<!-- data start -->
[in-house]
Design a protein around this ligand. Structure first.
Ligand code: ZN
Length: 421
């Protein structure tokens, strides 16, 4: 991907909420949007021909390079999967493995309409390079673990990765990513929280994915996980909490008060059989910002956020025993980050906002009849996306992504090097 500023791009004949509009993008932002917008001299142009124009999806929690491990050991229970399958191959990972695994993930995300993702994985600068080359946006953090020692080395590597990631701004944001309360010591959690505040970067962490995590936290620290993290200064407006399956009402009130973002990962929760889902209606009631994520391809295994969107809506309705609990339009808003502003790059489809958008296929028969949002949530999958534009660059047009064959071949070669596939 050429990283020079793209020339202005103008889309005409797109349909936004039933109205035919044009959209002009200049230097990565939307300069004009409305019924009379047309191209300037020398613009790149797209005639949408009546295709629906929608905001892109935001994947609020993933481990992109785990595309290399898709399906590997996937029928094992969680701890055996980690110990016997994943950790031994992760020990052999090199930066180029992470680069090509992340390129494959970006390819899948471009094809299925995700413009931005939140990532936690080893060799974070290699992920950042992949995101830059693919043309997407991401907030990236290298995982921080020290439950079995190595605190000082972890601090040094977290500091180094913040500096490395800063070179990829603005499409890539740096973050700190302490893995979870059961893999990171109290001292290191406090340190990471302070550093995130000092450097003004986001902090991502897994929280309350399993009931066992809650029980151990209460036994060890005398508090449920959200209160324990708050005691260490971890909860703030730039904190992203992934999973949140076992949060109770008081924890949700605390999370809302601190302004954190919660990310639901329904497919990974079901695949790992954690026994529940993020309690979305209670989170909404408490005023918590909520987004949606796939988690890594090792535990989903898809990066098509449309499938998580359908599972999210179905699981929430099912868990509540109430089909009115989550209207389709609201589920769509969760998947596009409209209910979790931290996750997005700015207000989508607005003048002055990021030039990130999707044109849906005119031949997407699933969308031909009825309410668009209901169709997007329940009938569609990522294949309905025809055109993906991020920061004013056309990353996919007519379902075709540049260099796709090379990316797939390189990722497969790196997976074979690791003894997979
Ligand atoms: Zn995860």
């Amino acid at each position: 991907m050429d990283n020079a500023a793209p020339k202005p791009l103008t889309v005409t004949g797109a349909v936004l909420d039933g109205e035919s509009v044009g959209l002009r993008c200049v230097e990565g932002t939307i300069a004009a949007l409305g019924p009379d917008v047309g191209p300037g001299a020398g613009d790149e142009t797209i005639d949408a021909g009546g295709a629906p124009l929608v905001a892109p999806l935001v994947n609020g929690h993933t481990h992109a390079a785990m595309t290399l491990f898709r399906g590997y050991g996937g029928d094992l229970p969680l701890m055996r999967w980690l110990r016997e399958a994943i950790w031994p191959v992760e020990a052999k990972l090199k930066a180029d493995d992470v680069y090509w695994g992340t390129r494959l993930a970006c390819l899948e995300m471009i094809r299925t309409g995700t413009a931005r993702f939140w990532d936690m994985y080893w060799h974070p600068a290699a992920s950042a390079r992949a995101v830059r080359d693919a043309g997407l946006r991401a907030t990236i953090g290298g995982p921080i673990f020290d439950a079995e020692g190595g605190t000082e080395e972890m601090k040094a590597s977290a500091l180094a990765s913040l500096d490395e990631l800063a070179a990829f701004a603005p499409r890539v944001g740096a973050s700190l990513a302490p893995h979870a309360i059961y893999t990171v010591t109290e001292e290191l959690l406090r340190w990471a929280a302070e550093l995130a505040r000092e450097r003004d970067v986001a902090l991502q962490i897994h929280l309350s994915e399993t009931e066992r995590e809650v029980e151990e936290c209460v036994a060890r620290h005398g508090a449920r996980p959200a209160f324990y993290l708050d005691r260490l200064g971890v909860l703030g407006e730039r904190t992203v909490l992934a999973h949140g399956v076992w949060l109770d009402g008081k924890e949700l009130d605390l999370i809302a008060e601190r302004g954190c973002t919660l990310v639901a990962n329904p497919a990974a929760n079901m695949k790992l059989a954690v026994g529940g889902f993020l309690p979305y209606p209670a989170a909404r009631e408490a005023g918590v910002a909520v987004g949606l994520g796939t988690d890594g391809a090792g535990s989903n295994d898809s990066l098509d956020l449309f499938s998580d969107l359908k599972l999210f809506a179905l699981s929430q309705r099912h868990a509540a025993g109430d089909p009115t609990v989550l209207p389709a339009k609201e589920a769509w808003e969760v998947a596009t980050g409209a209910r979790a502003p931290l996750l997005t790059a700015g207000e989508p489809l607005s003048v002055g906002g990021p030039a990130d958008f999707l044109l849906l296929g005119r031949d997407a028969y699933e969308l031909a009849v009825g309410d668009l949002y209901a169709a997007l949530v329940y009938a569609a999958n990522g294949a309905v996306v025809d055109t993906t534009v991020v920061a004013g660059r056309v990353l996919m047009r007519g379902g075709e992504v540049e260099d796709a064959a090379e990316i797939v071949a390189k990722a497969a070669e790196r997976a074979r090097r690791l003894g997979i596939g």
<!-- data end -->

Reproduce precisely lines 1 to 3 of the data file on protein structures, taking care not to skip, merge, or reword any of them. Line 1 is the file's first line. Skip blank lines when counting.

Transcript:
[in-house]
Design a protein around this ligand. Structure first.
Ligand code: ZN